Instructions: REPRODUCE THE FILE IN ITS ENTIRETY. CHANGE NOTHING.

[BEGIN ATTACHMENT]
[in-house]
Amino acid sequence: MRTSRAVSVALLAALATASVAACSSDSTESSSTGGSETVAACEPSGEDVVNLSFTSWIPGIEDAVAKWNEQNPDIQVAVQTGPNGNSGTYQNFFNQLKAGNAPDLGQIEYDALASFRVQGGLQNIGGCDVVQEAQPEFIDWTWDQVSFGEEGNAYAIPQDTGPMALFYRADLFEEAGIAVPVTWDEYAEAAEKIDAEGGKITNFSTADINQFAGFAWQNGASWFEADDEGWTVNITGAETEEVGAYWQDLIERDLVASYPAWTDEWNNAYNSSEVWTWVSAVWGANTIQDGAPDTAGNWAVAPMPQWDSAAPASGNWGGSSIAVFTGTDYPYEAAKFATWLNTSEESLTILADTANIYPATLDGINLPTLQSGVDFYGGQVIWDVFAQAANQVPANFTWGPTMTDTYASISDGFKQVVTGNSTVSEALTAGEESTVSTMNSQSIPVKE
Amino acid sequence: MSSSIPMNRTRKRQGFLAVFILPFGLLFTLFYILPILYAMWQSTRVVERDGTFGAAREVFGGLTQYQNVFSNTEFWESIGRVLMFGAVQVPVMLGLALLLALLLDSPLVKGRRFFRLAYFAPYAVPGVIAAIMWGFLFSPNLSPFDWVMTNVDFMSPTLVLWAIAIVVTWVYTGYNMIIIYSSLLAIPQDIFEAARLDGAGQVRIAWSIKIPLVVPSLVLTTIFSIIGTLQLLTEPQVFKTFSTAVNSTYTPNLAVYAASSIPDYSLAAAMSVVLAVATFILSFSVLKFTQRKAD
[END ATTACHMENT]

[in-house]
Amino acid sequence: MRTSRAVSVALLAALATASVAACSSDSTESSSTGGSETVAACEPSGEDVVNLSFTSWIPGIEDAVAKWNEQNPDIQVAVQTGPNGNSGTYQNFFNQLKAGNAPDLGQIEYDALASFRVQGGLQNIGGCDVVQEAQPEFIDWTWDQVSFGEEGNAYAIPQDTGPMALFYRADLFEEAGIAVPVTWDEYAEAAEKIDAEGGKITNFSTADINQFAGFAWQNGASWFEADDEGWTVNITGAETEEVGAYWQDLIERDLVASYPAWTDEWNNAYNSSEVWTWVSAVWGANTIQDGAPDTAGNWAVAPMPQWDSAAPASGNWGGSSIAVFTGTDYPYEAAKFATWLNTSEESLTILADTANIYPATLDGINLPTLQSGVDFYGGQVIWDVFAQAANQVPANFTWGPTMTDTYASISDGFKQVVTGNSTVSEALTAGEESTVSTMNSQSIPVKE
Amino acid sequence: MSSSIPMNRTRKRQGFLAVFILPFGLLFTLFYILPILYAMWQSTRVVERDGTFGAAREVFGGLTQYQNVFSNTEFWESIGRVLMFGAVQVPVMLGLALLLALLLDSPLVKGRRFFRLAYFAPYAVPGVIAAIMWGFLFSPNLSPFDWVMTNVDFMSPTLVLWAIAIVVTWVYTGYNMIIIYSSLLAIPQDIFEAARLDGAGQVRIAWSIKIPLVVPSLVLTTIFSIIGTLQLLTEPQVFKTFSTAVNSTYTPNLAVYAASSIPDYSLAAAMSVVLAVATFILSFSVLKFTQRKAD